Edgar Allan Poe and Ray Bradbury to start, Bradbury for poetry and beauty in his expression even in his darker works and Poe for a juxtaposition of beauty and horror – a nexus of Eros and Thanatos in Freudian terms, of sex and death in both his tales and poems. Then I’ll add two more in terms of influence, though not necessarily known for horror (or short stories), Allen Ginsberg for poetry combining the beatific with the tragically ugly, and Bertolt Brecht for his ideas of “epic theatre,” allowing the notion of artistic distance, yet combined with emotional intimacy in such works as Mother Courage. I could add to those a number of others, too many to count, but forced to choose I’d say these are the main ones.

Do you have a favorite story about machines, other than The Pit and the Pendulum?

Off the top of my head, I’ll say Franz Kafka’s “The Penal Colony” (“In der Strafkolonie”), for a machine the opposite of the guillotine, this one to inflict the maximum pain possible and through a deliriously elaborate and drawn out sequence of actions. (Editor: I'm with you there. Kafka's best, in my opinion. The inspiration behind a song by Joy Division too.)

What does your editing process look like?

Nothing terribly exciting. I try to draft a story that’s going to be pretty much in its final form, something that computer use encourages, then give it a final read through (subvocalizing to get a feel for the sound of the words as well as how they appear on the page) and print out a draft. At that point I become “old school” – a few days to a week later I’ll read it again in printed form and make (usually minor) changes as needed and transfer them back to the computer copy. That’s usually it, though I do belong to a writers’ group that I’ll send some stories through for critiquing, especially if some strike me as possibly having particular problems, if only to get an idea from time to time of how a work might be received by readers coming onto it cold. .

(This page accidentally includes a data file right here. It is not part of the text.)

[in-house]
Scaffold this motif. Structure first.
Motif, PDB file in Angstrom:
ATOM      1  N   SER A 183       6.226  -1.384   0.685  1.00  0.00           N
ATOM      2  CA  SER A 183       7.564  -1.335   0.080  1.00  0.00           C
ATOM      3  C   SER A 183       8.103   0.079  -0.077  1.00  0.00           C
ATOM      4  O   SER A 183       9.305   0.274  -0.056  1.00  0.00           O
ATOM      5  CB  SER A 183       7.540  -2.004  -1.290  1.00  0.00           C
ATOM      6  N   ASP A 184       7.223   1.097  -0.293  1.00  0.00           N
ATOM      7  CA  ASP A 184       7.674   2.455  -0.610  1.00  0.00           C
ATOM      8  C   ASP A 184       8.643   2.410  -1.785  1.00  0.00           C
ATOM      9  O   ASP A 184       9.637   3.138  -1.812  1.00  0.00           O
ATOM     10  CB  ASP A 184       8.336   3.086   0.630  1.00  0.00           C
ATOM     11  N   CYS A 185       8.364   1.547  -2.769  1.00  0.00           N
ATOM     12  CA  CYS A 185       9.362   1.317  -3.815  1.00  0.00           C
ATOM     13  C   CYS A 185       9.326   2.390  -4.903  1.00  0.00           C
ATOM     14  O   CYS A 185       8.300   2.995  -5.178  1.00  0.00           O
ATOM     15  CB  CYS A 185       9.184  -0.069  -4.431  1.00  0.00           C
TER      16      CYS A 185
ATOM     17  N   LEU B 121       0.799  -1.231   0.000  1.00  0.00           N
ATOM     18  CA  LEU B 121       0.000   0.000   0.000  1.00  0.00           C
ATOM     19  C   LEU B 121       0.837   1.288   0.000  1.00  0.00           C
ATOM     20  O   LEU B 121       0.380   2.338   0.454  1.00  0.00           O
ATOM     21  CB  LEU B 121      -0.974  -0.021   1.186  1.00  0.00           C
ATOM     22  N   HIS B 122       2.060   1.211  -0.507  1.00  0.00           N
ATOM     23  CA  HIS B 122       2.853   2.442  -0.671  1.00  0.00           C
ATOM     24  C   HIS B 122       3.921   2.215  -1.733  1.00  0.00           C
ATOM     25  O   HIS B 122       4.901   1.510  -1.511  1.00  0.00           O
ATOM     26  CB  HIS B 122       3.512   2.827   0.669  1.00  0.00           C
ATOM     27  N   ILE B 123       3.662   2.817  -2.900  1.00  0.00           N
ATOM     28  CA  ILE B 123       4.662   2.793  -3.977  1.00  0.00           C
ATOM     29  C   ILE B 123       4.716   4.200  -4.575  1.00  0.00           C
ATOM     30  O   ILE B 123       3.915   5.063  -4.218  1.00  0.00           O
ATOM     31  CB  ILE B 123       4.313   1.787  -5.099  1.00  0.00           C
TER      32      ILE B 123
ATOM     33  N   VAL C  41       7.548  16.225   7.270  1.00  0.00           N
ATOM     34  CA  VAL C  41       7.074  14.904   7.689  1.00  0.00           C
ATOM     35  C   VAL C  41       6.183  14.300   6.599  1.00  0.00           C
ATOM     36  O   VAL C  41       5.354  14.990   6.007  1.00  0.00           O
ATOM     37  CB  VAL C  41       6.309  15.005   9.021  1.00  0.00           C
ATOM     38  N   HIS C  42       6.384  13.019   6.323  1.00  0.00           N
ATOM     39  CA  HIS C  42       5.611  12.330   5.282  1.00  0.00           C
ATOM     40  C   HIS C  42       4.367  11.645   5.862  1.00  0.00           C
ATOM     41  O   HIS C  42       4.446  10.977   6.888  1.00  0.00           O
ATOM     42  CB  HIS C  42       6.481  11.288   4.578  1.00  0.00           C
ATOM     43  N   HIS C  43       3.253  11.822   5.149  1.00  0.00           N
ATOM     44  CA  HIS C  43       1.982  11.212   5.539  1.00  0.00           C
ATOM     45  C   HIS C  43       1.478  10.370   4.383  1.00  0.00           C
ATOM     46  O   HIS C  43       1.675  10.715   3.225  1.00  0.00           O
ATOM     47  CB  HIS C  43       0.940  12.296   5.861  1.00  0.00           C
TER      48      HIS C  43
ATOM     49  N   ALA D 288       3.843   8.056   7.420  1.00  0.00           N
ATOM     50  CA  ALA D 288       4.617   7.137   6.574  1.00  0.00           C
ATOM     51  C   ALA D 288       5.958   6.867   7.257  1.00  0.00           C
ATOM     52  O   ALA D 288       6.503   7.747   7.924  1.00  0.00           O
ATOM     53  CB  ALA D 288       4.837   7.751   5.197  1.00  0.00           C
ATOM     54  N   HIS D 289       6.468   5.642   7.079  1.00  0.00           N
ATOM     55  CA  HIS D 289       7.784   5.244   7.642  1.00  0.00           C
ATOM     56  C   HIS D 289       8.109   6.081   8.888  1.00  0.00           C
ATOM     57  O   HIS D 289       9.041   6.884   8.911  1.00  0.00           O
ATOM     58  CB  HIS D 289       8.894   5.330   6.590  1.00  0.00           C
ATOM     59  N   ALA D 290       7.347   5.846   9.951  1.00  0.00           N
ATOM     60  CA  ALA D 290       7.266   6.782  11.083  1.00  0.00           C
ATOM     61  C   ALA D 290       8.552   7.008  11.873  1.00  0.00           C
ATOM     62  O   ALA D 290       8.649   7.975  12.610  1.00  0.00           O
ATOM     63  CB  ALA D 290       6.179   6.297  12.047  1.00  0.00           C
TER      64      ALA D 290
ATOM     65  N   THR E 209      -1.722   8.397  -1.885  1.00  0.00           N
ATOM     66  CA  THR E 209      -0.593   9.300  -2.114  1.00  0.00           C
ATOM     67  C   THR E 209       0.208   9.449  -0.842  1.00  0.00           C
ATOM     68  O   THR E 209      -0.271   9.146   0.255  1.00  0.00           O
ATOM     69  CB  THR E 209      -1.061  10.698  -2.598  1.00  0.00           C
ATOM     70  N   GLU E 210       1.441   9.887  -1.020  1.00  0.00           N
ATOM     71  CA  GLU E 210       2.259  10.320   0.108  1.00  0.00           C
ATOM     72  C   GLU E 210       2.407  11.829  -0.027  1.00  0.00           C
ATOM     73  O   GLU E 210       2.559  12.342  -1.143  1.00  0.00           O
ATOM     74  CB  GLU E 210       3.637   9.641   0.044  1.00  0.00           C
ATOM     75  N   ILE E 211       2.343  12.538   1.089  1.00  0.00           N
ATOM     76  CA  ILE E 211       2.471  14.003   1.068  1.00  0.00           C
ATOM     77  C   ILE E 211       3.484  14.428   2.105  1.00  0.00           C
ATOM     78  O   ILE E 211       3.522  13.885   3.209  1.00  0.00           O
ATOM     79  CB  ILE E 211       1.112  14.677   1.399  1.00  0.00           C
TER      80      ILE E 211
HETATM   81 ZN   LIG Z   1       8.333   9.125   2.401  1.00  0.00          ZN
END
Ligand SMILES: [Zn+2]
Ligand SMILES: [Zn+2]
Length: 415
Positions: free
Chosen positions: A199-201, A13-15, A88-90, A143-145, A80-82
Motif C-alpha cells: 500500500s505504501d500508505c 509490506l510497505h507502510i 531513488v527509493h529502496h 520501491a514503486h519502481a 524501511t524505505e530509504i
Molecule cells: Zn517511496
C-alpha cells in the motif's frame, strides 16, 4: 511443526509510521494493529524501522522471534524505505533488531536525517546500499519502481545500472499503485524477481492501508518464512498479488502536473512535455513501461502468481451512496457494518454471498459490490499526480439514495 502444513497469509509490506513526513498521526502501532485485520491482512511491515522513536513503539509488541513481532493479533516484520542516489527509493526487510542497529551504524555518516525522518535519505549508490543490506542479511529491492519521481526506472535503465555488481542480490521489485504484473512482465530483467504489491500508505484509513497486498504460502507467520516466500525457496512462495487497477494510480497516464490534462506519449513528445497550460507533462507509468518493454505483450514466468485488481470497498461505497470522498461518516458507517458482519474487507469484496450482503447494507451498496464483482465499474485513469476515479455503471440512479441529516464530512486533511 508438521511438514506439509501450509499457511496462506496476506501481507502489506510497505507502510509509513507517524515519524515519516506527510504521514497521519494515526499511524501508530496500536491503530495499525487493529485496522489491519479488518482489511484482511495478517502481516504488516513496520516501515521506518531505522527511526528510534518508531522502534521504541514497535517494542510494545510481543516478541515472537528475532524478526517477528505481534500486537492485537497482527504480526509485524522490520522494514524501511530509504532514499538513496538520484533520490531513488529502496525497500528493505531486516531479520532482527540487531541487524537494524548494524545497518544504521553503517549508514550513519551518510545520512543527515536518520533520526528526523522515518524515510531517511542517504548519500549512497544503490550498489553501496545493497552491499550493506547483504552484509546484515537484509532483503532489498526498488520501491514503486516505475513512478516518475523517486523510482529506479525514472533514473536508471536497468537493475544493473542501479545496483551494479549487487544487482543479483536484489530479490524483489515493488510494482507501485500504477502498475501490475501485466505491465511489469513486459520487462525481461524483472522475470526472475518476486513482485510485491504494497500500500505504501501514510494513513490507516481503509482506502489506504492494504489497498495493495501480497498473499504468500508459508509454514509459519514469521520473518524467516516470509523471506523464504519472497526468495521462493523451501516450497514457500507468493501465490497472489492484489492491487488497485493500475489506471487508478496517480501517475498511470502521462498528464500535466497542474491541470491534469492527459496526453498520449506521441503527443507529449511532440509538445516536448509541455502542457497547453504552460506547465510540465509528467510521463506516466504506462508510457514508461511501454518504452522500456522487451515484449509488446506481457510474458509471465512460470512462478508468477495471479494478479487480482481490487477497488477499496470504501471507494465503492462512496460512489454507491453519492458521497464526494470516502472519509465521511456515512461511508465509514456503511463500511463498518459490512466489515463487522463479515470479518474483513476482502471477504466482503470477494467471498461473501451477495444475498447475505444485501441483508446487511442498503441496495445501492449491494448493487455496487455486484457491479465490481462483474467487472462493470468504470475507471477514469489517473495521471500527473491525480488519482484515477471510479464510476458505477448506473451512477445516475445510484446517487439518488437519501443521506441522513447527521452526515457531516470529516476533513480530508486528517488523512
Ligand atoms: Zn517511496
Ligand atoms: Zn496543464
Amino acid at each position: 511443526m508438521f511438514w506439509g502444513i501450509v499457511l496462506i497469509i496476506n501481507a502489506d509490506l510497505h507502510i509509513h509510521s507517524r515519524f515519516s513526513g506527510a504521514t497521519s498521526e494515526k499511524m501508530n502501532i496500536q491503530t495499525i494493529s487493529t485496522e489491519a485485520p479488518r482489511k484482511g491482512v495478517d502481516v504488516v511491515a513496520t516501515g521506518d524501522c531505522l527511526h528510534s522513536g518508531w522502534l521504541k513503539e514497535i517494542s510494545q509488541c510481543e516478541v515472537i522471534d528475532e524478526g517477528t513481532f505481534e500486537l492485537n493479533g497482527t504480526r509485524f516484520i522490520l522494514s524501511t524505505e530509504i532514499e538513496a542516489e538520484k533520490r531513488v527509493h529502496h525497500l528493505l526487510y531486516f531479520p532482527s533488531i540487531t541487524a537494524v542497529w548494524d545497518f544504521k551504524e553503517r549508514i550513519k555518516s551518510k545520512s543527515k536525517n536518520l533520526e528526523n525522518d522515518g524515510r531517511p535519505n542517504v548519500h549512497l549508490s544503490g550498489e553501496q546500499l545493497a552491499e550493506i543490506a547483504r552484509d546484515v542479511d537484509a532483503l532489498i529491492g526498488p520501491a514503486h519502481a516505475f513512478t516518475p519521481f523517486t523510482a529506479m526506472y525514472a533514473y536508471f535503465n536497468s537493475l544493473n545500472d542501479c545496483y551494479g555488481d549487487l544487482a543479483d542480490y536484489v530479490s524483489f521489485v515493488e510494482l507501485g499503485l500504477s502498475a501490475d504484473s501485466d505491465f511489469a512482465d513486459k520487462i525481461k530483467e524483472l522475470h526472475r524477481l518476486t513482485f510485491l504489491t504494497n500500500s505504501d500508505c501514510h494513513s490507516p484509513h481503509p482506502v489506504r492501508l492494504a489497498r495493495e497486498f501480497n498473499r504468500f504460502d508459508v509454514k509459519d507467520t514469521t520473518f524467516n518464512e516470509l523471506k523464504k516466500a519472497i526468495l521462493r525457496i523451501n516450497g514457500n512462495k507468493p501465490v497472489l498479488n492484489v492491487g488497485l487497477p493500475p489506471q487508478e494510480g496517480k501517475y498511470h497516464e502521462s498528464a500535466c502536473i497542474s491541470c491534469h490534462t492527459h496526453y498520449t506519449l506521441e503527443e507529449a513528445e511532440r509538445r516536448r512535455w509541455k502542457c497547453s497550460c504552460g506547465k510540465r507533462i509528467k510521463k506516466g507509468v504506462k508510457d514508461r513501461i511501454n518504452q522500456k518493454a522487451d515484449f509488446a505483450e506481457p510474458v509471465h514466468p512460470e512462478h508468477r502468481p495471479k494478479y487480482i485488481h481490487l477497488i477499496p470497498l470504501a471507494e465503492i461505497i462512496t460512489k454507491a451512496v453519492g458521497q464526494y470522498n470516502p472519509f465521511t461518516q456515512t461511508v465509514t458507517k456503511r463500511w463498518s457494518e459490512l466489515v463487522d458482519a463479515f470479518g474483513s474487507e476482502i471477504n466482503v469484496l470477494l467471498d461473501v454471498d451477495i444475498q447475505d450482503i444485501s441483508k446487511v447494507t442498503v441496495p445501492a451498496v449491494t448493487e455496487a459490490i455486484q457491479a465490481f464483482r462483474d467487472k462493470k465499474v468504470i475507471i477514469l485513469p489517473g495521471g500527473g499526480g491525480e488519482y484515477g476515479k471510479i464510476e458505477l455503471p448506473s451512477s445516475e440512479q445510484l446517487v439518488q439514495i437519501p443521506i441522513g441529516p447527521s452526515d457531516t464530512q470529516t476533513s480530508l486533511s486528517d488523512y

Do you write everything and then edit or do you meticulously plan before you write?

Starting out as a writer, I used to outline some stories, especially mysteries where I’d write out clues and when and how they’d be revealed, but as I became more skilled I think a lot of that sort of preparation began being taken care of automatically in my mind. I do usually jot down an idea of how a story will end (and often the first few lines of a beginning as well, if they come to me then) and also get an idea in my head of who and where and when it might take place, but, that done, I’ll look for a time where I can continue for, say, four hours or so without being disturbed and just start writing.